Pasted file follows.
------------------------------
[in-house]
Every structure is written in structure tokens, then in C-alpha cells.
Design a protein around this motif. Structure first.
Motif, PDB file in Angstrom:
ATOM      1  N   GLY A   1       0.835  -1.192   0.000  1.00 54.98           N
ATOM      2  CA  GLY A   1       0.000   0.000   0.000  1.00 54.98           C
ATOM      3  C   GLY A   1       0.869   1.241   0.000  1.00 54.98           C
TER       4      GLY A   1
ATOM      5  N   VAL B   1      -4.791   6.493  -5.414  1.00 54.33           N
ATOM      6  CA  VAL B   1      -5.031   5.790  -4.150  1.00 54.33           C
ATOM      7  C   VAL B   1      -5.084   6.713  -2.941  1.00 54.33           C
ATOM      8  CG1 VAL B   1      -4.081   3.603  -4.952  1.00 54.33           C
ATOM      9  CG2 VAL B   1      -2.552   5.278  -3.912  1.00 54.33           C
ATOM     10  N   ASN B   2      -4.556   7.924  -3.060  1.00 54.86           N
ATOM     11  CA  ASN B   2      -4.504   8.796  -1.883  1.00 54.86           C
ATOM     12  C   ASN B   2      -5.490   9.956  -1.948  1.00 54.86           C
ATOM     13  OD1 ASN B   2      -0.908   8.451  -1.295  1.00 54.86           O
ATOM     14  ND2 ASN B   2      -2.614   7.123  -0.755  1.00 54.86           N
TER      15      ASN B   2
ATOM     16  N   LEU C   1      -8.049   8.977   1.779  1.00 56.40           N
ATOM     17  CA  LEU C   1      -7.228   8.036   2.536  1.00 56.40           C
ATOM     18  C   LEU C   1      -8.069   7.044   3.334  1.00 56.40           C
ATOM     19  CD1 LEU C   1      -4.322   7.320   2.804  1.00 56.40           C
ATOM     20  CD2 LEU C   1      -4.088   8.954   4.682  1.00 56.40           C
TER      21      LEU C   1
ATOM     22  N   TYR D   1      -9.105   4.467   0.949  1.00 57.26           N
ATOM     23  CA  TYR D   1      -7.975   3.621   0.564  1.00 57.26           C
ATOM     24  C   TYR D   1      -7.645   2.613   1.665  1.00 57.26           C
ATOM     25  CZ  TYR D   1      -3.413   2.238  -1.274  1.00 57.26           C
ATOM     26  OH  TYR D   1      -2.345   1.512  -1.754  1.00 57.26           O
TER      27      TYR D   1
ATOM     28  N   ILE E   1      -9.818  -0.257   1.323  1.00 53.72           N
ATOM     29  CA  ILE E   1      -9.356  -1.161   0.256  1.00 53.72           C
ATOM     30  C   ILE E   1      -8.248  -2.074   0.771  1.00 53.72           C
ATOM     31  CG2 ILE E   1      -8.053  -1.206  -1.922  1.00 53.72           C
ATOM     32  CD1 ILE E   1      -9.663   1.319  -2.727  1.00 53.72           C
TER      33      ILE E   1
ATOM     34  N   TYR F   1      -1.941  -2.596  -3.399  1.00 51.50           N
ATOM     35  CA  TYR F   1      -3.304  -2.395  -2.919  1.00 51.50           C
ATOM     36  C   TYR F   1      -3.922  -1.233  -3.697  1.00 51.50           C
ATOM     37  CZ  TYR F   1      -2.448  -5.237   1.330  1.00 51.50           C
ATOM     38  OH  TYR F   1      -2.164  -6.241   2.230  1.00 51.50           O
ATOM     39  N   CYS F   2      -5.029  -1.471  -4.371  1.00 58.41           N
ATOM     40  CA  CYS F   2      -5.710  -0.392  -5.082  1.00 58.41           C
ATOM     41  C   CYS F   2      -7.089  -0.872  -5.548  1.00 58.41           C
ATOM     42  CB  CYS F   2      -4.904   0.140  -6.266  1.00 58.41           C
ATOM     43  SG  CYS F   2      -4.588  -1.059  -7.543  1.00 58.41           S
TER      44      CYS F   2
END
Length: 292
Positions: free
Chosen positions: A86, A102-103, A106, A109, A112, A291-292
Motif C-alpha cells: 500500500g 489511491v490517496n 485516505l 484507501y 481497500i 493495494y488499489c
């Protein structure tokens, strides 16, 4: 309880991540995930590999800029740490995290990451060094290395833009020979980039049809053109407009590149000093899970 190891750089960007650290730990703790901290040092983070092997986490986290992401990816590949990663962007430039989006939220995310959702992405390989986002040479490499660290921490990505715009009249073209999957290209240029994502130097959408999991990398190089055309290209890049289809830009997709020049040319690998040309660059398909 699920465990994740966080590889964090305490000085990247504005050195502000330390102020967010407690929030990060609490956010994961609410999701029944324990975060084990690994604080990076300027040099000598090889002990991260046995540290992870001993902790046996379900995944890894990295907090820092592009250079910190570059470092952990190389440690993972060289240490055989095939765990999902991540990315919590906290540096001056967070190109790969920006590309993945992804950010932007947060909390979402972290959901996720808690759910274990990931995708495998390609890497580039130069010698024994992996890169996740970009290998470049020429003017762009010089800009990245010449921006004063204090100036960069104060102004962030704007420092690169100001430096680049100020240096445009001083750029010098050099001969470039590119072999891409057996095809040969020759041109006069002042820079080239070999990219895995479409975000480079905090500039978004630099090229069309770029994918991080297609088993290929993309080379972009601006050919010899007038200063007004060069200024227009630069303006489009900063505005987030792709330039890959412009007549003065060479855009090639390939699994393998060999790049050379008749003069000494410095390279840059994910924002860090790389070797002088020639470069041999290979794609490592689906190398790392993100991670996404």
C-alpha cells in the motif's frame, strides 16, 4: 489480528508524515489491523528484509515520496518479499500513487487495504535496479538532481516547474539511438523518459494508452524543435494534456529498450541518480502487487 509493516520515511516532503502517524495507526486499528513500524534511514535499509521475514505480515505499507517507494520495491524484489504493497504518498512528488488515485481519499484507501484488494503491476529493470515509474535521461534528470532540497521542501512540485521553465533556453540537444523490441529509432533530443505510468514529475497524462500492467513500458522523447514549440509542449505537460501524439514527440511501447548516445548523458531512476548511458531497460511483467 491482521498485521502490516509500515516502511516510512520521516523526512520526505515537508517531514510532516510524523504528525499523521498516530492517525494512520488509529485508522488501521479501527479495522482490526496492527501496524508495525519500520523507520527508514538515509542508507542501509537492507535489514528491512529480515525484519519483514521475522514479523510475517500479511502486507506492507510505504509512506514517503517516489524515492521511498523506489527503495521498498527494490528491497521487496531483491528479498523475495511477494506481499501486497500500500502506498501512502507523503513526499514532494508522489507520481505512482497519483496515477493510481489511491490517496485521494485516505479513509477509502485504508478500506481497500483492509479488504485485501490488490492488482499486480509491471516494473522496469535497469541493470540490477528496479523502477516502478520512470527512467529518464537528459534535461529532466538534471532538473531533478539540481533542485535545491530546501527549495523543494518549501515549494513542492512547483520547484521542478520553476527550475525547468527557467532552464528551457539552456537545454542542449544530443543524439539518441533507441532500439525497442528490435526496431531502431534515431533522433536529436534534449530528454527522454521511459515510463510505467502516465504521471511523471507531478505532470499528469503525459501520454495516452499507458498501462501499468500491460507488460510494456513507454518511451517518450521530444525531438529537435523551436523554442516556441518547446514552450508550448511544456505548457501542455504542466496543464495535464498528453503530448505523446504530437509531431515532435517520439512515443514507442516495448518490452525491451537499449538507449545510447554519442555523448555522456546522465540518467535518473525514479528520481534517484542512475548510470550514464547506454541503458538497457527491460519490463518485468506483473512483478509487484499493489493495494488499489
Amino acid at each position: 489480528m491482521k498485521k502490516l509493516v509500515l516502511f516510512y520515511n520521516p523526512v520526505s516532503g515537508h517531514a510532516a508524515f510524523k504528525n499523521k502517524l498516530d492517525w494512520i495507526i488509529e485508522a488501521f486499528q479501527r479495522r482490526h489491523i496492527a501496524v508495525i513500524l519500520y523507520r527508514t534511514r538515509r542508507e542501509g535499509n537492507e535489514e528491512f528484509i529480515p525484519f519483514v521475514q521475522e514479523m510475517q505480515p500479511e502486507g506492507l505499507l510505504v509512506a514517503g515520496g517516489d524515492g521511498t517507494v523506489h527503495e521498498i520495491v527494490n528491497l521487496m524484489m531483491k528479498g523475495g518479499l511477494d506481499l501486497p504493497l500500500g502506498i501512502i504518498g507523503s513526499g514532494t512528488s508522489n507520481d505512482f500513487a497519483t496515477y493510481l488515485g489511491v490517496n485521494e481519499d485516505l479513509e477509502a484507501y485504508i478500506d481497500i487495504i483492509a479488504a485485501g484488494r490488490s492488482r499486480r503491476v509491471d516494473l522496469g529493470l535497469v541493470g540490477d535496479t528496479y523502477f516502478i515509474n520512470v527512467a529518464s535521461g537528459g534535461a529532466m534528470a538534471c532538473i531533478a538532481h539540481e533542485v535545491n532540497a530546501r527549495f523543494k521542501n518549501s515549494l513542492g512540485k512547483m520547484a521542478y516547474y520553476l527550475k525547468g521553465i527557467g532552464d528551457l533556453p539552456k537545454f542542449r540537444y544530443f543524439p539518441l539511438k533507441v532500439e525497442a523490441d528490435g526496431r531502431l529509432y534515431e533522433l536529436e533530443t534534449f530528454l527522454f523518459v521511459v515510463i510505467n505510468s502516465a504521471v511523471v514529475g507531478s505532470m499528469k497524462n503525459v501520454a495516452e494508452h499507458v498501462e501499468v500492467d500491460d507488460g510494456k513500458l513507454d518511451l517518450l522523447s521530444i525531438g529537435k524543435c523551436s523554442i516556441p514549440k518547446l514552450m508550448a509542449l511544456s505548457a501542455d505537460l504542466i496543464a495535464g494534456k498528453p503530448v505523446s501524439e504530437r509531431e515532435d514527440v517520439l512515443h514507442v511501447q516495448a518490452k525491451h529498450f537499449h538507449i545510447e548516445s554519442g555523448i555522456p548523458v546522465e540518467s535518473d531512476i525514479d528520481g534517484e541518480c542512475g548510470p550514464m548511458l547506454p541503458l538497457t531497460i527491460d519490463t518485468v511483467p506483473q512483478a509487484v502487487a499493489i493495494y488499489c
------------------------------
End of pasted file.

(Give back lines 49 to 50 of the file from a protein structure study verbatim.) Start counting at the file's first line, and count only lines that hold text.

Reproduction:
END
Length: 292